“The the last part of the album takes a bit of an abstract, expressionist leap. It’s inspired by a lot of the artworks I’ve discovered while making the record, and takes inspiration from Berlin as this sort of creative force that compels people to take these brave steps, so it was our version of that, really.”


You recorded at Hansa Studios too, where David Bowie recorded in the 1970s, what was that experience like?

“Yeah, we not only recorded there it was all written at Hansa too, over a year, so I was going into work every day, passing all these people stopping for photos outside and seeing the tours go around, I even had a few people trying to sort of tailgate me as I went into the building! It was a very present building, if you know what I mean, as far as a building can ever be present in writing a record, but it was a big part of the story, certainly.”


Are you still producing it all yourselves?

“Production-wise, yeah, still doing it myself, but Alex Silva, who’s worked with the Manic Street Preachers and Herbert Grönemeyer, who is basically the best-selling German artist there is, he’s credited as executive producer on the record, and that’s kind of for the oversight he gave me, he gave me a lot of feedback on the songs, and also logistically he was very helpful, he got things done when I couldn’t.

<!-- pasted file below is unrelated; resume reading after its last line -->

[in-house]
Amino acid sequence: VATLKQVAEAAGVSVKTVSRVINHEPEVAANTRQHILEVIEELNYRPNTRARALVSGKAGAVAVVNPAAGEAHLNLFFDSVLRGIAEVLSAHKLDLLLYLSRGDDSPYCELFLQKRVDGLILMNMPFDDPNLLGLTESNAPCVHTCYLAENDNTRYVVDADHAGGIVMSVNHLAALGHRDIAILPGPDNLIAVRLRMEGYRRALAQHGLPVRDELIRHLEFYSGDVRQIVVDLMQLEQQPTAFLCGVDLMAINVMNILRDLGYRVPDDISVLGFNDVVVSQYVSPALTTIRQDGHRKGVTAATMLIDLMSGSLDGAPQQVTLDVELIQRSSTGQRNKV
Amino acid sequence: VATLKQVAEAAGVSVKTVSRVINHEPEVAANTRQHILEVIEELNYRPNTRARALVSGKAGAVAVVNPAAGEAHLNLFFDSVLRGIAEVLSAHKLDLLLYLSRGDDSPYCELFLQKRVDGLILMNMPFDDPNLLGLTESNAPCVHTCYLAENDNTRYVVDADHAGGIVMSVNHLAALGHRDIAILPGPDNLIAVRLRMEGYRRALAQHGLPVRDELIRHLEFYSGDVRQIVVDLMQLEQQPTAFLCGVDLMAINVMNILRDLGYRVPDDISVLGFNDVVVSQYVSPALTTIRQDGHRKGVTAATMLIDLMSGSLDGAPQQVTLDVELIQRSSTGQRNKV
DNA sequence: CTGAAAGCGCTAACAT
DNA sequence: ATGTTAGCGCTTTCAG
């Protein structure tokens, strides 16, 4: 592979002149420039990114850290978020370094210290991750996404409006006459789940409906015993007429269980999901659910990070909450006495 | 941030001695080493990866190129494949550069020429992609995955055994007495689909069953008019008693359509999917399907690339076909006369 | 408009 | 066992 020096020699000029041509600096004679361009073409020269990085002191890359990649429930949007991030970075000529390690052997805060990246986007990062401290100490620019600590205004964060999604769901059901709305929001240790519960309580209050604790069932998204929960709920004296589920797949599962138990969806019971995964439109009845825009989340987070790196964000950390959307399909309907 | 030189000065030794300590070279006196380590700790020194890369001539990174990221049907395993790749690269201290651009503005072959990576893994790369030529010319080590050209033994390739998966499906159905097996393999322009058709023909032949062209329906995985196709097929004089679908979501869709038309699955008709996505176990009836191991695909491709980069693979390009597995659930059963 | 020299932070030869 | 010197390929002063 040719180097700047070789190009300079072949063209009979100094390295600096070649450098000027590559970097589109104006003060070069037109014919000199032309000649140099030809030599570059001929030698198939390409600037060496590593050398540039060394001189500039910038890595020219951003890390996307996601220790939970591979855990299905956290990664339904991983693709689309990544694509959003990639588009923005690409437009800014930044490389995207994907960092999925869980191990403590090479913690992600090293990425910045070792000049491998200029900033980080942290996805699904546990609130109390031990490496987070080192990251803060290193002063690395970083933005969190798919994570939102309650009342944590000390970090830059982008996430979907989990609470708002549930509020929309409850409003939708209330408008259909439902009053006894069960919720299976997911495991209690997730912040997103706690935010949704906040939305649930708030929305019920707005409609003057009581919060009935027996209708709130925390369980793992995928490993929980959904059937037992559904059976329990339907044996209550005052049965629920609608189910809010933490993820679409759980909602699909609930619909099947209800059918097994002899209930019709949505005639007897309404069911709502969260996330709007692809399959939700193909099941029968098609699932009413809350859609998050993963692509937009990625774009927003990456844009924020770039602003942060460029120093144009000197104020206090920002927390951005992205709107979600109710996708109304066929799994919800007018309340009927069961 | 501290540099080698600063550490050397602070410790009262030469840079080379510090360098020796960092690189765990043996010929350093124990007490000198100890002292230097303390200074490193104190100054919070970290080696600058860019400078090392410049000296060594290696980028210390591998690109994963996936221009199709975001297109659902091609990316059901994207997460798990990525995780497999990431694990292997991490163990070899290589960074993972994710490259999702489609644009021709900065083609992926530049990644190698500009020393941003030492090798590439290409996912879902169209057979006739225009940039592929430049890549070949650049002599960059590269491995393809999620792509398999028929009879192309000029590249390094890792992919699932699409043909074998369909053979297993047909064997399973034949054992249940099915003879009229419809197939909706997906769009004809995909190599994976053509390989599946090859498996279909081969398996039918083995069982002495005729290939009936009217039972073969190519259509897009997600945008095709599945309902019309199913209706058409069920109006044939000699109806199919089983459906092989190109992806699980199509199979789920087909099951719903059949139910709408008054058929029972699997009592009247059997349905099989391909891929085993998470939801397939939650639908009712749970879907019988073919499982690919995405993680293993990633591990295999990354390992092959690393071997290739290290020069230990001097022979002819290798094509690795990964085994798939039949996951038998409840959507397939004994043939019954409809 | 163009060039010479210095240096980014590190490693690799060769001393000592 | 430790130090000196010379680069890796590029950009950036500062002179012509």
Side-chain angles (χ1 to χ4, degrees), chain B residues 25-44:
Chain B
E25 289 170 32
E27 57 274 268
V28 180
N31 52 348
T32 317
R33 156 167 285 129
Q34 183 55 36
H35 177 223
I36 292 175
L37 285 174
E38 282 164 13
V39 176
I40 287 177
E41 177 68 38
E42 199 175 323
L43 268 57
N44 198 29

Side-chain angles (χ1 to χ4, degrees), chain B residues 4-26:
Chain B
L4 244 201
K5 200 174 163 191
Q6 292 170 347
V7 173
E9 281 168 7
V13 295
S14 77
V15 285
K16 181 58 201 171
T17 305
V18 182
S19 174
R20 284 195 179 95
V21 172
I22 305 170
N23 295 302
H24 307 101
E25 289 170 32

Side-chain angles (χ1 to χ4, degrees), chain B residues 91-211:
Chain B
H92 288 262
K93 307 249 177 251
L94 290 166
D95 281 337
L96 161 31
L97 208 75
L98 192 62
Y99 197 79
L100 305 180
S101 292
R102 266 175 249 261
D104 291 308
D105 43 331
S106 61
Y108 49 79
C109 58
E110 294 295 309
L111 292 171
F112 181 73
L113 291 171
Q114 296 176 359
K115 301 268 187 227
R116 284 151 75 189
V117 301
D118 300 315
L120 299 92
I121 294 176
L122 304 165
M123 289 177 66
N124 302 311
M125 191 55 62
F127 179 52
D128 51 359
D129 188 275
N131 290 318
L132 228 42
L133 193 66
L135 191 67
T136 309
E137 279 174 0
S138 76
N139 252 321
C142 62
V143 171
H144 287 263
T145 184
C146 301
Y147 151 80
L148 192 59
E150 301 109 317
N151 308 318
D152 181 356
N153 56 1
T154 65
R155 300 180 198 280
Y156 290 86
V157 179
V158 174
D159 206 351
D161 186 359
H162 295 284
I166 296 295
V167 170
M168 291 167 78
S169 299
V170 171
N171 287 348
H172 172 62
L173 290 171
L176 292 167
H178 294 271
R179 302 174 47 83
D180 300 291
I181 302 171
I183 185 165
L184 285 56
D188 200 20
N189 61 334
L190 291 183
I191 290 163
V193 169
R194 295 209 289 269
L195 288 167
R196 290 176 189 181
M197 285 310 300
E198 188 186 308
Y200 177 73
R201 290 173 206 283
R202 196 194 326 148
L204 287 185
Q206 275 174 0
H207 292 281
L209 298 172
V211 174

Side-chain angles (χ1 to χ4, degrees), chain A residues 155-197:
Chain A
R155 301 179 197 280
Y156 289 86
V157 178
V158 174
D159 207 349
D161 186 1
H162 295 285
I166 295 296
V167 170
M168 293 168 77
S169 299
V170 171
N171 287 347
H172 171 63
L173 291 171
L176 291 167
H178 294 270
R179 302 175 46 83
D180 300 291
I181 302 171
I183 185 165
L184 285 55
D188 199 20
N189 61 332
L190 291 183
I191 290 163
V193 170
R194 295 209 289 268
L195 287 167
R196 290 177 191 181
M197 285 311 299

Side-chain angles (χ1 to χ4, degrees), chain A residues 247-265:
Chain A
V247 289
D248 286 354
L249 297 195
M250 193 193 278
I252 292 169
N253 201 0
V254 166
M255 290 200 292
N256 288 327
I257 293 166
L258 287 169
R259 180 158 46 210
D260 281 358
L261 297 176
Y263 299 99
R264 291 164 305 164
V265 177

“We had more of that sort of help, a guiding hand across the whole process, but the nuts and bolts of it is me. I think it’s just that you’re biting off quite a lot there, putting yourself in that situation, but I suppose as a writer and a creative person that’s one of the challenges you set for yourself. You know, can I move to Berlin and write this record and is it actually going to be any good? It was important to kind of keep it in-house and challenge myself to see where I could get with it.”